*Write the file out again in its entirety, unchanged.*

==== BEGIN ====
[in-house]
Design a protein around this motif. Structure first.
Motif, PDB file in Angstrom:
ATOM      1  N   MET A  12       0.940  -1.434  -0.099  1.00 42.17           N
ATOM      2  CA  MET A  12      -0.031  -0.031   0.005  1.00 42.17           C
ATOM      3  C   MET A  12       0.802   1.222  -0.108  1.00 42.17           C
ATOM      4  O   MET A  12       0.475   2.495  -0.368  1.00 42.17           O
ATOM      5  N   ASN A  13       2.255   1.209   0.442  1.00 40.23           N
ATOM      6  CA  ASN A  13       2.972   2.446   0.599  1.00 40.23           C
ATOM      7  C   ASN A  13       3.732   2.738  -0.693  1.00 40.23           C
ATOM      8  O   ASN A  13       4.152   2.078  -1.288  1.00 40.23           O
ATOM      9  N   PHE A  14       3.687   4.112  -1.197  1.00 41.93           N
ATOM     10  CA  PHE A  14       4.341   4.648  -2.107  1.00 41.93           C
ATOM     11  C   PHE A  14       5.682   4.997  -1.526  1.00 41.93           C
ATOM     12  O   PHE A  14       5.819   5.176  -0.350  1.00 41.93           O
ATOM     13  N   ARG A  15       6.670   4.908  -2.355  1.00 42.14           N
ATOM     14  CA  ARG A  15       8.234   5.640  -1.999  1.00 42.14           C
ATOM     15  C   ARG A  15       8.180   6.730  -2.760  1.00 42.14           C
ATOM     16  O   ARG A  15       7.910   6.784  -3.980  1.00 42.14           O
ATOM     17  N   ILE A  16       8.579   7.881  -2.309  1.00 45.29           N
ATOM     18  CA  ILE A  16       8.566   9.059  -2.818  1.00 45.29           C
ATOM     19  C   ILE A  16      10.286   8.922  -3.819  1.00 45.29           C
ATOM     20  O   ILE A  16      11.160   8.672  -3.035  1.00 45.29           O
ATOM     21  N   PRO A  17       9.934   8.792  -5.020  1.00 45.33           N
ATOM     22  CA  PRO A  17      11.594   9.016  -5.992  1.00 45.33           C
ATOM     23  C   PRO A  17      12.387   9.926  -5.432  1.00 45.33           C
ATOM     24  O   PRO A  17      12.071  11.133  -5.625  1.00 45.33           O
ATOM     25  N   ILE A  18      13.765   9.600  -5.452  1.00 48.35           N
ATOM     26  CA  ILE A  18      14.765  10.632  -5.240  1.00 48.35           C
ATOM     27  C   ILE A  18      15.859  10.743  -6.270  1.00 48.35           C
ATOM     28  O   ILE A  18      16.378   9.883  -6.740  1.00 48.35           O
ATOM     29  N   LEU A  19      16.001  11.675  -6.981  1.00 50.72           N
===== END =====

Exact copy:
[in-house]
Design a protein around this motif. Structure first.
Motif, PDB file in Angstrom:
ATOM      1  N   MET A  12       0.940  -1.434  -0.099  1.00 42.17           N
ATOM      2  CA  MET A  12      -0.031  -0.031   0.005  1.00 42.17           C
ATOM      3  C   MET A  12       0.802   1.222  -0.108  1.00 42.17           C
ATOM      4  O   MET A  12       0.475   2.495  -0.368  1.00 42.17           O
ATOM      5  N   ASN A  13       2.255   1.209   0.442  1.00 40.23           N
ATOM      6  CA  ASN A  13       2.972   2.446   0.599  1.00 40.23           C
ATOM      7  C   ASN A  13       3.732   2.738  -0.693  1.00 40.23           C
ATOM      8  O   ASN A  13       4.152   2.078  -1.288  1.00 40.23           O
ATOM      9  N   PHE A  14       3.687   4.112  -1.197  1.00 41.93           N
ATOM     10  CA  PHE A  14       4.341   4.648  -2.107  1.00 41.93           C
ATOM     11  C   PHE A  14       5.682   4.997  -1.526  1.00 41.93           C
ATOM     12  O   PHE A  14       5.819   5.176  -0.350  1.00 41.93           O
ATOM     13  N   ARG A  15       6.670   4.908  -2.355  1.00 42.14           N
ATOM     14  CA  ARG A  15       8.234   5.640  -1.999  1.00 42.14           C
ATOM     15  C   ARG A  15       8.180   6.730  -2.760  1.00 42.14           C
ATOM     16  O   ARG A  15       7.910   6.784  -3.980  1.00 42.14           O
ATOM     17  N   ILE A  16       8.579   7.881  -2.309  1.00 45.29           N
ATOM     18  CA  ILE A  16       8.566   9.059  -2.818  1.00 45.29           C
ATOM     19  C   ILE A  16      10.286   8.922  -3.819  1.00 45.29           C
ATOM     20  O   ILE A  16      11.160   8.672  -3.035  1.00 45.29           O
ATOM     21  N   PRO A  17       9.934   8.792  -5.020  1.00 45.33           N
ATOM     22  CA  PRO A  17      11.594   9.016  -5.992  1.00 45.33           C
ATOM     23  C   PRO A  17      12.387   9.926  -5.432  1.00 45.33           C
ATOM     24  O   PRO A  17      12.071  11.133  -5.625  1.00 45.33           O
ATOM     25  N   ILE A  18      13.765   9.600  -5.452  1.00 48.35           N
ATOM     26  CA  ILE A  18      14.765  10.632  -5.240  1.00 48.35           C
ATOM     27  C   ILE A  18      15.859  10.743  -6.270  1.00 48.35           C
ATOM     28  O   ILE A  18      16.378   9.883  -6.740  1.00 48.35           O
ATOM     29  N   LEU A  19      16.001  11.675  -6.981  1.00 50.72           N